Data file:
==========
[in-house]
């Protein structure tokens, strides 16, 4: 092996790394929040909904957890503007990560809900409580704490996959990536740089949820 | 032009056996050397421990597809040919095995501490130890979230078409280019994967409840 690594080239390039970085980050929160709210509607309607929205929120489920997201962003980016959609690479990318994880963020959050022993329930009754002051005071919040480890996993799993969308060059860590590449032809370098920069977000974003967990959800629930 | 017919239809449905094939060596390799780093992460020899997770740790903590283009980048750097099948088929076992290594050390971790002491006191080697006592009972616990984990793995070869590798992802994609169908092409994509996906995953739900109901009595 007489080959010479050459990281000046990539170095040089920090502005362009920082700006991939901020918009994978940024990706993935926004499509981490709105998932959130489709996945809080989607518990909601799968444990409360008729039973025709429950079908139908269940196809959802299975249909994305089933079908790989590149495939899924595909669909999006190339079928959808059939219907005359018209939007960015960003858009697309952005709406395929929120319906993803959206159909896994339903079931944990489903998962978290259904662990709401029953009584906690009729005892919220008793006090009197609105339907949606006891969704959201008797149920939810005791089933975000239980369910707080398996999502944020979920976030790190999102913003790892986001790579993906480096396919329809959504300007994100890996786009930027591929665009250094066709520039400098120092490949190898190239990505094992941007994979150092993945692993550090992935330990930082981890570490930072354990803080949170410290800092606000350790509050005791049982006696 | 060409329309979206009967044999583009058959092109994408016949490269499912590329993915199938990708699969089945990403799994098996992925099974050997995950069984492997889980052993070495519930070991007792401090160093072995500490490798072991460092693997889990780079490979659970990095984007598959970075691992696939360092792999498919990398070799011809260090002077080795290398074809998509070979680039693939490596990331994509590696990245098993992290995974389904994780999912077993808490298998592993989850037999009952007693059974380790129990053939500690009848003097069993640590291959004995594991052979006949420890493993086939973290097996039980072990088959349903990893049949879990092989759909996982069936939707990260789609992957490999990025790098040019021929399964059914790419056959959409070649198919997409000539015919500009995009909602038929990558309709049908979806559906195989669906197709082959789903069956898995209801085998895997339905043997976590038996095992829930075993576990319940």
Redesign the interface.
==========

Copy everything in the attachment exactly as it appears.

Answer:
[in-house]
């Protein structure tokens, strides 16, 4: 092996790394929040909904957890503007990560809900409580704490996959990536740089949820 | 032009056996050397421990597809040919095995501490130890979230078409280019994967409840 690594080239390039970085980050929160709210509607309607929205929120489920997201962003980016959609690479990318994880963020959050022993329930009754002051005071919040480890996993799993969308060059860590590449032809370098920069977000974003967990959800629930 | 017919239809449905094939060596390799780093992460020899997770740790903590283009980048750097099948088929076992290594050390971790002491006191080697006592009972616990984990793995070869590798992802994609169908092409994509996906995953739900109901009595 007489080959010479050459990281000046990539170095040089920090502005362009920082700006991939901020918009994978940024990706993935926004499509981490709105998932959130489709996945809080989607518990909601799968444990409360008729039973025709429950079908139908269940196809959802299975249909994305089933079908790989590149495939899924595909669909999006190339079928959808059939219907005359018209939007960015960003858009697309952005709406395929929120319906993803959206159909896994339903079931944990489903998962978290259904662990709401029953009584906690009729005892919220008793006090009197609105339907949606006891969704959201008797149920939810005791089933975000239980369910707080398996999502944020979920976030790190999102913003790892986001790579993906480096396919329809959504300007994100890996786009930027591929665009250094066709520039400098120092490949190898190239990505094992941007994979150092993945692993550090992935330990930082981890570490930072354990803080949170410290800092606000350790509050005791049982006696 | 060409329309979206009967044999583009058959092109994408016949490269499912590329993915199938990708699969089945990403799994098996992925099974050997995950069984492997889980052993070495519930070991007792401090160093072995500490490798072991460092693997889990780079490979659970990095984007598959970075691992696939360092792999498919990398070799011809260090002077080795290398074809998509070979680039693939490596990331994509590696990245098993992290995974389904994780999912077993808490298998592993989850037999009952007693059974380790129990053939500690009848003097069993640590291959004995594991052979006949420890493993086939973290097996039980072990088959349903990893049949879990092989759909996982069936939707990260789609992957490999990025790098040019021929399964059914790419056959959409070649198919997409000539015919500009995009909602038929990558309709049908979806559906195989669906197709082959789903069956898995209801085998895997339905043997976590038996095992829930075993576990319940």
Redesign the interface.